There were a few seconds of silence on the recorder before they heard Trotter’s deep voice hollering, “Hey, get up! What are you doing?! Jesus Christ! Get off me! Quit biting my ankles! You little piece of shit! That hurts! Stop it!” Trotter’s painful yells were followed by the unmistakable sound of a gunshot, and then Trotter’s murmur of “Son of a bitch!”
Lieutenant Barton hit the Stop button, and all of them—Barton, Trotter, the other troopers—sat quietly, looking back and forth from one to the other.
“I didn’t have a choice. You can see, I had to fire,” Trotter said. “The little son of a bitch was going to eat me alive!”
Lieutenant Barton said, “Well, I think we’re done here. It was obviously self-defense. You had no other option.”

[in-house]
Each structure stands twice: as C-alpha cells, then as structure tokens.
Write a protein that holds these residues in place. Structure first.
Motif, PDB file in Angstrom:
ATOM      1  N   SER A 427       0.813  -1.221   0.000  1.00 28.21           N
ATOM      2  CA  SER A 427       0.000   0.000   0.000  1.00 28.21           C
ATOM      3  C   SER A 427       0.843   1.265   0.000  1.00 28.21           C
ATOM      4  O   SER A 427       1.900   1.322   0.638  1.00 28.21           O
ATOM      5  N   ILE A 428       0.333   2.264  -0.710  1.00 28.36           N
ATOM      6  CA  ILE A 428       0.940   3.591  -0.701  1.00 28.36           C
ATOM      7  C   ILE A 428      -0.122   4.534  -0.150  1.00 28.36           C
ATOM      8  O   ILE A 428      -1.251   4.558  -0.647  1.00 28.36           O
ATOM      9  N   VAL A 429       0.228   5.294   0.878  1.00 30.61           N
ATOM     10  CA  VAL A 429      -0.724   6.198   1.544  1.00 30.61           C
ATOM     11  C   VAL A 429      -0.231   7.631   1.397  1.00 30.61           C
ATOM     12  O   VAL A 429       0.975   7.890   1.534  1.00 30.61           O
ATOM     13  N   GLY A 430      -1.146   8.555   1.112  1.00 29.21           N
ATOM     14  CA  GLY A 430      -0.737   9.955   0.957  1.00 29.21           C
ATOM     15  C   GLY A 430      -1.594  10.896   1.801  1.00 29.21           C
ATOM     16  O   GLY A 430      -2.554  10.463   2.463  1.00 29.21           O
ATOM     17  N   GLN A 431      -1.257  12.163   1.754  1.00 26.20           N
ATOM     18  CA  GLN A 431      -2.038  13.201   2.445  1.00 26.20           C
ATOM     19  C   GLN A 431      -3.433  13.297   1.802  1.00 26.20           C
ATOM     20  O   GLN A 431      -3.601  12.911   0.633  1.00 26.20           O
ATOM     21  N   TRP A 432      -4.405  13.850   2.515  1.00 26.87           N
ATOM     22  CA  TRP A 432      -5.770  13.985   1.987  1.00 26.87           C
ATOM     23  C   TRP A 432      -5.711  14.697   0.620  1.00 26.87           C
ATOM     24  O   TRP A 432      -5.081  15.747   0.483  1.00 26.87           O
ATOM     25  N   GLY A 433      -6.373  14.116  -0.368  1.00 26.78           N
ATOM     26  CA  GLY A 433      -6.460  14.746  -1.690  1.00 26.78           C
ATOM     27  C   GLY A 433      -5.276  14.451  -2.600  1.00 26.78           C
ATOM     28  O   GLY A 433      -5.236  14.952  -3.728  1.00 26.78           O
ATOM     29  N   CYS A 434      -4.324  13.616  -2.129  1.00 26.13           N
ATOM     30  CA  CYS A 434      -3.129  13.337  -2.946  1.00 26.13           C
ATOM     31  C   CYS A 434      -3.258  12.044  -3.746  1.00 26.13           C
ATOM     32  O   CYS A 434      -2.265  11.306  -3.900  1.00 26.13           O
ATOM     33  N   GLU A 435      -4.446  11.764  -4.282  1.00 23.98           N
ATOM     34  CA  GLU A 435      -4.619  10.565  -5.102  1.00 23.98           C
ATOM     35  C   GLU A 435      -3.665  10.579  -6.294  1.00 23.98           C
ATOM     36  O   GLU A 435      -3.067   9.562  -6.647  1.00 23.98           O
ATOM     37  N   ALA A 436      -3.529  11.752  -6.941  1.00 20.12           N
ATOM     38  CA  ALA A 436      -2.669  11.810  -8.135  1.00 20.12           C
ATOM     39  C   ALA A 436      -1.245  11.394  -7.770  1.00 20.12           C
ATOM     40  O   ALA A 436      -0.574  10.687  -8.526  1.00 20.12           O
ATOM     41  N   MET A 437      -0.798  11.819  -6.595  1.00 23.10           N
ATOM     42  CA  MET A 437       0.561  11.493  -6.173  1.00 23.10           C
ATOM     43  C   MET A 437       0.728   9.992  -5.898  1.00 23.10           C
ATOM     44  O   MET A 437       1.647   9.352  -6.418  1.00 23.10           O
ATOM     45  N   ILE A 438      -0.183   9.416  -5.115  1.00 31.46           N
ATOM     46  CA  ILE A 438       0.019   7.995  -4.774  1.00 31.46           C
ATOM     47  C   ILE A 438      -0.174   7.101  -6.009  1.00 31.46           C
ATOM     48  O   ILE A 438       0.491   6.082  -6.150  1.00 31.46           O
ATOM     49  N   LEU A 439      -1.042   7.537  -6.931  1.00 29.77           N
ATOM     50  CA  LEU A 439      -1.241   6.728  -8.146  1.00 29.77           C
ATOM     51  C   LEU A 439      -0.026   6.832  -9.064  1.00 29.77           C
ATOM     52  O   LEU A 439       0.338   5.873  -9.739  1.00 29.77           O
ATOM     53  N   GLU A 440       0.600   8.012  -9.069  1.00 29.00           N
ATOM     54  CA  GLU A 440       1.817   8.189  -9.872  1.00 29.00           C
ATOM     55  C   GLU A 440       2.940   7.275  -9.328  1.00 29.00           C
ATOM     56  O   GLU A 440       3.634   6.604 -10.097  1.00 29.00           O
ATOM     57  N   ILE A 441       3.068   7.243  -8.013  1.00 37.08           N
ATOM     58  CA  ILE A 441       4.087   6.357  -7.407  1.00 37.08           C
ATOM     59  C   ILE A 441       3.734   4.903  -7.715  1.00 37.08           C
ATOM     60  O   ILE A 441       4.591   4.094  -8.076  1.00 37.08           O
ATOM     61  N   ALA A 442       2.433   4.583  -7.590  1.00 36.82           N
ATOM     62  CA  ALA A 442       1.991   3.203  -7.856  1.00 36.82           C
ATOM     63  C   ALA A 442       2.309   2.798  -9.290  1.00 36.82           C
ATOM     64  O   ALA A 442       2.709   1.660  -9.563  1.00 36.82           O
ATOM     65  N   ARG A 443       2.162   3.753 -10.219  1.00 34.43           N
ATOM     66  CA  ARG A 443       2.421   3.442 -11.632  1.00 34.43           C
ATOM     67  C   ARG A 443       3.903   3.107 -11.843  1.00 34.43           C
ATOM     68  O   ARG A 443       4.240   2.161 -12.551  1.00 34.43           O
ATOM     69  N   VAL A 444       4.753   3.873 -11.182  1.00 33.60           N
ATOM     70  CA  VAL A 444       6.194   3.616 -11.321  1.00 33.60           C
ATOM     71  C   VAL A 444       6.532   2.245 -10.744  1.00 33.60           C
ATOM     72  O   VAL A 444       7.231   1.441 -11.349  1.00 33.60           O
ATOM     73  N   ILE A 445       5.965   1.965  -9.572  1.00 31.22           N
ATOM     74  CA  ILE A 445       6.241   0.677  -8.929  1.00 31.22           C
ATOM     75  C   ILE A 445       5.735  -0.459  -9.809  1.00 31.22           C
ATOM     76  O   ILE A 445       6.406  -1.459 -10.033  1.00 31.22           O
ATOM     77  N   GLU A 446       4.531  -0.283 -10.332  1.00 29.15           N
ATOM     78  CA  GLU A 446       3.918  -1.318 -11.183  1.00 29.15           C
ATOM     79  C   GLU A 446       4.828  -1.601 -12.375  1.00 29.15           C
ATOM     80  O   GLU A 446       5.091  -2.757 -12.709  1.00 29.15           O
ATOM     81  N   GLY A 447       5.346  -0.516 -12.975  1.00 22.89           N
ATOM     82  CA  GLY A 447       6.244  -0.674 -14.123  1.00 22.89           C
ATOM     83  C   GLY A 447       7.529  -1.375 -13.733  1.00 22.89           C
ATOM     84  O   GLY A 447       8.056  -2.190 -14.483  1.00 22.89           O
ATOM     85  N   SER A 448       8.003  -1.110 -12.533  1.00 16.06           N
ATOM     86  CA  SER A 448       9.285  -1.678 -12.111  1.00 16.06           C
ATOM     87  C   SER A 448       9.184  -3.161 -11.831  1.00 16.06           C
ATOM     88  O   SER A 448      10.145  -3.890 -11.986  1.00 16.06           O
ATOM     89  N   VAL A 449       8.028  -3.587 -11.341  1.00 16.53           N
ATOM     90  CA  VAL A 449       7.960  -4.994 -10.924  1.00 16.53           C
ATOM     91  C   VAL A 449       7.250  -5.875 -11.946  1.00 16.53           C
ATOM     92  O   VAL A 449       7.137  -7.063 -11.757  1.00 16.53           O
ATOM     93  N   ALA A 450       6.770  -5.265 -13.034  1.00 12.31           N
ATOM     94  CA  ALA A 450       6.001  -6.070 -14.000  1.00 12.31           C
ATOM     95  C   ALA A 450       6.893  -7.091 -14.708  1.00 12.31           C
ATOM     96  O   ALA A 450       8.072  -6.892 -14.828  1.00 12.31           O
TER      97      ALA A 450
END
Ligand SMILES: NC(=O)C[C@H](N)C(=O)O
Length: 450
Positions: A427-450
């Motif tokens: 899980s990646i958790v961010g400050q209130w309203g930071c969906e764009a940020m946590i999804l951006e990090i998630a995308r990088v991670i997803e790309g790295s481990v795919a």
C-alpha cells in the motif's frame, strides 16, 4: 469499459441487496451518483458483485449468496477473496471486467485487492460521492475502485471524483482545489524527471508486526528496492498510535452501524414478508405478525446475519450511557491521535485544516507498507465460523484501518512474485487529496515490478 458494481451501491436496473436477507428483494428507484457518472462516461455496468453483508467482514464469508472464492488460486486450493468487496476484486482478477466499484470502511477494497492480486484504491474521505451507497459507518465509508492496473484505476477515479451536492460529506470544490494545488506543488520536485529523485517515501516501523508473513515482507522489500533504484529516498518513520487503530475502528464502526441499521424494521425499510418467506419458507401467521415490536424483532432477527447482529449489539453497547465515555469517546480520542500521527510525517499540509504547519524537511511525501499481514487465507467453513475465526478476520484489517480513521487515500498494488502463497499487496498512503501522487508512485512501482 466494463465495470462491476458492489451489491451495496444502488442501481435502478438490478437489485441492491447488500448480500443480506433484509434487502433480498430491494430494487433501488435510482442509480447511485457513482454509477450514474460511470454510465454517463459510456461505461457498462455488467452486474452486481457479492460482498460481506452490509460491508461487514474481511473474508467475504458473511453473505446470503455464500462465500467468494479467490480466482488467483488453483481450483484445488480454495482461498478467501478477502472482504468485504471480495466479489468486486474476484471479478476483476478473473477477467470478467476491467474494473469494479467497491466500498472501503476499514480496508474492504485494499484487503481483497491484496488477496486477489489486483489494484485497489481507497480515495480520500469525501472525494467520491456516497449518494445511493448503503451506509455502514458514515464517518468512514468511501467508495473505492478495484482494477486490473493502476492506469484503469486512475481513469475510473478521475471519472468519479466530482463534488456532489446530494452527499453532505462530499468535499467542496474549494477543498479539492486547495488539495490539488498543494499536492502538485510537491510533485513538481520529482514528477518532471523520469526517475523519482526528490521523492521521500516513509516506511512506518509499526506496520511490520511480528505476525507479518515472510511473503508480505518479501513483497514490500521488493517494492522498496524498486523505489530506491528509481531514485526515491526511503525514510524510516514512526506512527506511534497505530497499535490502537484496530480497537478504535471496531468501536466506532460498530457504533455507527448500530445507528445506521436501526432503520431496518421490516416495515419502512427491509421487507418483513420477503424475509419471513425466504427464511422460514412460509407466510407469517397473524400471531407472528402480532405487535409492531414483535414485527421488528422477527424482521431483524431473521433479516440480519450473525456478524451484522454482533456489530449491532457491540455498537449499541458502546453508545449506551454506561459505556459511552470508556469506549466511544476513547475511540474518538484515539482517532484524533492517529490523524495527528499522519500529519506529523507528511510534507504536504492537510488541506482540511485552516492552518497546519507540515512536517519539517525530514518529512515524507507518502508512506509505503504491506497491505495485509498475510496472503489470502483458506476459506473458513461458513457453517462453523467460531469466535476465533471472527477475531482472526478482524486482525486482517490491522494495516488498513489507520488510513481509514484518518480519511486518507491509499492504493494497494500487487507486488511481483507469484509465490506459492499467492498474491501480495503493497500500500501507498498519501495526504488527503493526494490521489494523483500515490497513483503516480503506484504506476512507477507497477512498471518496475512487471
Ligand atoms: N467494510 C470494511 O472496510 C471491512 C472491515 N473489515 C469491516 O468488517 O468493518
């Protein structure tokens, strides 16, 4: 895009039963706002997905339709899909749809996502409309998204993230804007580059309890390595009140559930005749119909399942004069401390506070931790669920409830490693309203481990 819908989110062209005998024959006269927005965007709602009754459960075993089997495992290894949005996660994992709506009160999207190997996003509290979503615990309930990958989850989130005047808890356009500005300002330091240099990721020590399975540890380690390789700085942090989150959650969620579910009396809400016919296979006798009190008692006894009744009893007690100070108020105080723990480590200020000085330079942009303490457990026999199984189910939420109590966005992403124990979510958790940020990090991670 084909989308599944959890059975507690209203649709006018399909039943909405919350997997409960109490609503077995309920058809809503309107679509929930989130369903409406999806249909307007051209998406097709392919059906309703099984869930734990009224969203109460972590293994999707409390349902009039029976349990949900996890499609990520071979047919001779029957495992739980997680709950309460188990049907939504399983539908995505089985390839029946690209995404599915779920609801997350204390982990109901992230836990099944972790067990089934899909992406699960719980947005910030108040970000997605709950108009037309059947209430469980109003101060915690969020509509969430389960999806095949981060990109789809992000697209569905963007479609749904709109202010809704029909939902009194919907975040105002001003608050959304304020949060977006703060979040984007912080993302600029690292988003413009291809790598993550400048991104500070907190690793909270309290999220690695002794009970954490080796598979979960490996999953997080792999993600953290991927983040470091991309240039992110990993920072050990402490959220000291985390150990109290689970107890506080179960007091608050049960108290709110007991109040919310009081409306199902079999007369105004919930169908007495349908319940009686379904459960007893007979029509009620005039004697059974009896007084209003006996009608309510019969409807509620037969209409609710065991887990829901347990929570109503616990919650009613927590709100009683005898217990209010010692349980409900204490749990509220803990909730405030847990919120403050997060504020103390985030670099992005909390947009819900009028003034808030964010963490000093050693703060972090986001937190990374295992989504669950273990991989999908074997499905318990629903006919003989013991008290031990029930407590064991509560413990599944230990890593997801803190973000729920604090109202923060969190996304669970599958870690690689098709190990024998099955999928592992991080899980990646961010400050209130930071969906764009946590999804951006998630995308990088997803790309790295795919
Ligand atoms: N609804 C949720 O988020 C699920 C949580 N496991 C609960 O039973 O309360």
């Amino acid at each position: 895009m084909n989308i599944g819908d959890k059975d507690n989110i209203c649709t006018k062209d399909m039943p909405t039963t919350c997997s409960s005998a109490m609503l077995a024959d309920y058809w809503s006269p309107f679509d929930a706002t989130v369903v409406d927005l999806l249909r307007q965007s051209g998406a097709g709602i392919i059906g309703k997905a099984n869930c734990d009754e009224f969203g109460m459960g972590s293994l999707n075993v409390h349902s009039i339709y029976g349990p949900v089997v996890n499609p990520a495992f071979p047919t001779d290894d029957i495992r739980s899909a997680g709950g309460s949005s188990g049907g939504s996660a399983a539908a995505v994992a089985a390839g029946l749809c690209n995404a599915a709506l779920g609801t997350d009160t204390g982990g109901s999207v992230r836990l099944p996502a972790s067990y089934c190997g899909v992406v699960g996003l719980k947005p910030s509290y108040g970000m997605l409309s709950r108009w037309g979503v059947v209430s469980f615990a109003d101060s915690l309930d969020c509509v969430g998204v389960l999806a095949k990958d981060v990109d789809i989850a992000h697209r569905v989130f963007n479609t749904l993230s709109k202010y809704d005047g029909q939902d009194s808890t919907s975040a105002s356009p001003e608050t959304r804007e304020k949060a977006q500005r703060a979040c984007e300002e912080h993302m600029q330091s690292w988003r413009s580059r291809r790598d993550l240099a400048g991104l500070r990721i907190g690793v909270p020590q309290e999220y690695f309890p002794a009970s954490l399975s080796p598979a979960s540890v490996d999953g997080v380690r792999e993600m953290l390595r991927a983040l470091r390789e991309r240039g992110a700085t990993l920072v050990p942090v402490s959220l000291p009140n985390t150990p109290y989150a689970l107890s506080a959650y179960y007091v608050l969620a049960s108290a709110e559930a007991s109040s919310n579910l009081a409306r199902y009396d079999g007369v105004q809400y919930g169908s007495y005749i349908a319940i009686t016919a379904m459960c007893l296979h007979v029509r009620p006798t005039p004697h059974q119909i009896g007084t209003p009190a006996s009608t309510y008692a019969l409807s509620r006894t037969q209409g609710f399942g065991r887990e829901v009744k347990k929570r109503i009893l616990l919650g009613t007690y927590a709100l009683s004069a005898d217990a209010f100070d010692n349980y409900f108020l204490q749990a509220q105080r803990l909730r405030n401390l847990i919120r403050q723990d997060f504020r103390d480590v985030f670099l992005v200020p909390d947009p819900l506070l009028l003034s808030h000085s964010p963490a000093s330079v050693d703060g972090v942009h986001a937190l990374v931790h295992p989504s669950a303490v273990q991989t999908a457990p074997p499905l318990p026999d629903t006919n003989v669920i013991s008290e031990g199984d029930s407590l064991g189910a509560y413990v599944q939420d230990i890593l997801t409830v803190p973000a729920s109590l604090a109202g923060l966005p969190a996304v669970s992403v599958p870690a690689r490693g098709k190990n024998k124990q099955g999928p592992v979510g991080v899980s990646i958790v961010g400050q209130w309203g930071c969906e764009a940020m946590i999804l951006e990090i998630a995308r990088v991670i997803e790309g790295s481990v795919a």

The other troopers nodded slowly as they shook hands with Trotter.
“Good job, man.”
“Glad you made it through.”
“Hell of a tough deal for you—make sure you take some time off. You’ve earned it!”
Jeanne Gulbranson is a Las Vegas-based writer, who recently “retired” from the corporate world to become a full-time writer of short stories. She has two previously published books on leadership development and co-authored a soon-to-be-released memoir of the first nude showgirl in Las Vegas. Jeanne also has a short story forthcoming in Cantaraville. Email her at firstname.lastname@example.org.